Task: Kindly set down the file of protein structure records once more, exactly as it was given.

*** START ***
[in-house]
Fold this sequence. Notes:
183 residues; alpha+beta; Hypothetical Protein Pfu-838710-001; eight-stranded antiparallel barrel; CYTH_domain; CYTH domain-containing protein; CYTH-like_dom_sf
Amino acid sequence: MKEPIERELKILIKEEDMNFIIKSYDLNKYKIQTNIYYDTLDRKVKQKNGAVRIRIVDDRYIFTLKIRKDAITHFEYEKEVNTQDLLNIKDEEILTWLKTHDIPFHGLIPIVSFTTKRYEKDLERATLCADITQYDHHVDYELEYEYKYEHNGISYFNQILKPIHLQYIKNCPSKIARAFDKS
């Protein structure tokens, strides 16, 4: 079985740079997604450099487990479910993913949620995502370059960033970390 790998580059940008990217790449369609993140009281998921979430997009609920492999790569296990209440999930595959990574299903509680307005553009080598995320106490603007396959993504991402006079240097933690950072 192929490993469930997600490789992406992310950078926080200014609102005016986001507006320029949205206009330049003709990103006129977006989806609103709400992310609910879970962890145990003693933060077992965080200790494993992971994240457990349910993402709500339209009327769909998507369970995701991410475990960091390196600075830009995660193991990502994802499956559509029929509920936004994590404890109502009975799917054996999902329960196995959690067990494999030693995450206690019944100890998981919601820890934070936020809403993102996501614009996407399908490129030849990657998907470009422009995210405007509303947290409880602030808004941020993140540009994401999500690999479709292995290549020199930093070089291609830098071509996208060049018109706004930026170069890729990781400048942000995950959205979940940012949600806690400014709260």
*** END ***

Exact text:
[in-house]
Fold this sequence. Notes:
183 residues; alpha+beta; Hypothetical Protein Pfu-838710-001; eight-stranded antiparallel barrel; CYTH_domain; CYTH domain-containing protein; CYTH-like_dom_sf
Amino acid sequence: MKEPIERELKILIKEEDMNFIIKSYDLNKYKIQTNIYYDTLDRKVKQKNGAVRIRIVDDRYIFTLKIRKDAITHFEYEKEVNTQDLLNIKDEEILTWLKTHDIPFHGLIPIVSFTTKRYEKDLERATLCADITQYDHHVDYELEYEYKYEHNGISYFNQILKPIHLQYIKNCPSKIARAFDKS
């Protein structure tokens, strides 16, 4: 079985740079997604450099487990479910993913949620995502370059960033970390 790998580059940008990217790449369609993140009281998921979430997009609920492999790569296990209440999930595959990574299903509680307005553009080598995320106490603007396959993504991402006079240097933690950072 192929490993469930997600490789992406992310950078926080200014609102005016986001507006320029949205206009330049003709990103006129977006989806609103709400992310609910879970962890145990003693933060077992965080200790494993992971994240457990349910993402709500339209009327769909998507369970995701991410475990960091390196600075830009995660193991990502994802499956559509029929509920936004994590404890109502009975799917054996999902329960196995959690067990494999030693995450206690019944100890998981919601820890934070936020809403993102996501614009996407399908490129030849990657998907470009422009995210405007509303947290409880602030808004941020993140540009994401999500690999479709292995290549020199930093070089291609830098071509996208060049018109706004930026170069890729990781400048942000995950959205979940940012949600806690400014709260």